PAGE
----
By Spc Grant Okubo, 4th BCT, 10th Mtn. Div., MND-B
FORWARD OPERATING BASE RUSTAMIYAH, Iraq – Soldiers from 2nd Battalion, 16th Infantry Regiment, 4th Brigade Combat Team, 10th Mountain Division, Multi-National Division – Baghdad, gathered here Jan. 27 to honor the memory of a fallen comrade who succumbed to combat injuries months after being wounded.
The ‘Rangers’ of 2-16 Inf. Regt. Met to pay their final respects to Spc. Duncan Charles Crookston, 19, who hailed from Denver. He was assigned to Company C as a Radio Telephone Operator.
Leaders and Soldiers spoke about the kind of man Crookston was and told the assembly of his struggles and accomplishments since enlisting in the Army June 1, 2006.
After being seriously wounded Sept. 4, Crookston succumbed to his injuries and passed away Jan. 25 at Brooke Army Medical Center, Fort Sam Houston, Texas, one day before his 20th birthday, said Lt. Col. Ralph L. Kauzlarich, from Fort Riley, Kan., and serves as battalion commander of 2-16 Inf. Regt.
“His injuries were the result of a devastating ten inch EFP (Explosively Formed Projectile) that immediately killed his squad mates … (and injured another) … who was at Duncan’s side the day of his passing,” said Kauzlarich.
Speakers at Crookston’s memorial service talked about the valiant struggles their Ranger comrade went through and how he overcame great obstacles.
Despite the loss of his legs, an arm and a hand, along with burns to approximately 60 percent of his body, Crookston continued to battle through various ailments, fevers, infections and surgeries, said Kauzlarich.
“His inner will to survive and perseverance to recover, while fully knowing the extent of his injuries, should be an inspiration to us all,” said Kauzlarich. “So what happened? Let me assure each of you tonight that Spc. Crookston did not quit. His spirit and will to live was insurmountable. Duncan’s broken body just had no more reserves to continue the fight.
“May we all take heart in the belief that he is now providing overwatch to Task Force Ranger with our other 11 fallen comrades,” continued Kauzlarich.
Crookston was considered smarter than most and had the opportunity to serve in any job field in the Army he wished, but he chose to be an Infantryman, said Kauzlarich. After speaking with Crookston’s mother, Kauzlarich found out why the young man chose to be an Infantryman.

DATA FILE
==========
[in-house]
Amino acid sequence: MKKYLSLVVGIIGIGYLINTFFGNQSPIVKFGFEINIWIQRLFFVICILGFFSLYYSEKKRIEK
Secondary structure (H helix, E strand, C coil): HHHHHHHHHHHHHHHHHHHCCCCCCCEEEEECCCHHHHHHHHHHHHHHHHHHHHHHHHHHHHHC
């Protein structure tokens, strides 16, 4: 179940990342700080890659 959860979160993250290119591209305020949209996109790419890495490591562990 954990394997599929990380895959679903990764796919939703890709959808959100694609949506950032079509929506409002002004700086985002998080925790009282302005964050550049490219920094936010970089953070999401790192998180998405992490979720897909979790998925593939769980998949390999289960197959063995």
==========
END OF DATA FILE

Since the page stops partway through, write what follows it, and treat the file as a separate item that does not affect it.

“Duncan volunteered for a job that he considered would allow him to make the greatest contribution to the fight in Iraq,” Kauzlarich said he learned from Crookston’s mother. “This held true as he demonstrated his noted desire on hundreds of patrols and interactions with the Iraqis that we were assigned the task to secure.”
One of his ‘Ranger’ comrades read a heartfelt letter from Crookston’s mother during the ceremony.
“Words cannot express the gratitude we feel toward all those who offered support and prayer to Duncan and our Families during the past five months,” wrote Leesha Crookston. “We can take away from this experience the knowledge that good people exist in this world (and) that evil is worth fighting.
“Duncan was a proud example of a good person who did not stand by and allow (evil) to flourish by doing nothing,” the letter continued. “Duncan would have been 20 years old tomorrow. He will be forever 19 now and forever missed.”
Some of Crookston’s comrades shared their feelings about the loss of their brother in arms.
“Sometimes I wonder, if we rode together that day, would he still be here?” asked Spc. Jonathan Hughes. “Sept. 4 – that was a day of pain. The things I saw that day, I’ve never seen before.”
Hughes said he saw bravery, honor and the fear of knowing that a friend was in a truck filled with flames.
“You want to help so badly, but you’re a driver and you can’t get out, or you’re a gunner and you have to watch your sector because your fellow Soldiers are vulnerable and you feel useless,” said Hughes. “I wanted to do more, but I did my job and we got all the guys to the hospital and then it was out of our hands.”
Crookston’s awards and military decorations include the Bronze Star, Purple Heart, Army Commendation Medal, Good Conduct Medal, National Defense Service Medal, Iraq Campaign Medal, Global War on Terrorism Service Medal, Army Service Ribbon, Combat Infantryman Badge and the Parachutist Badge.
Crookston is survived by his devoted wife, Meaghun Crookston, and his mother and father, Leesha and Christopher Crookston.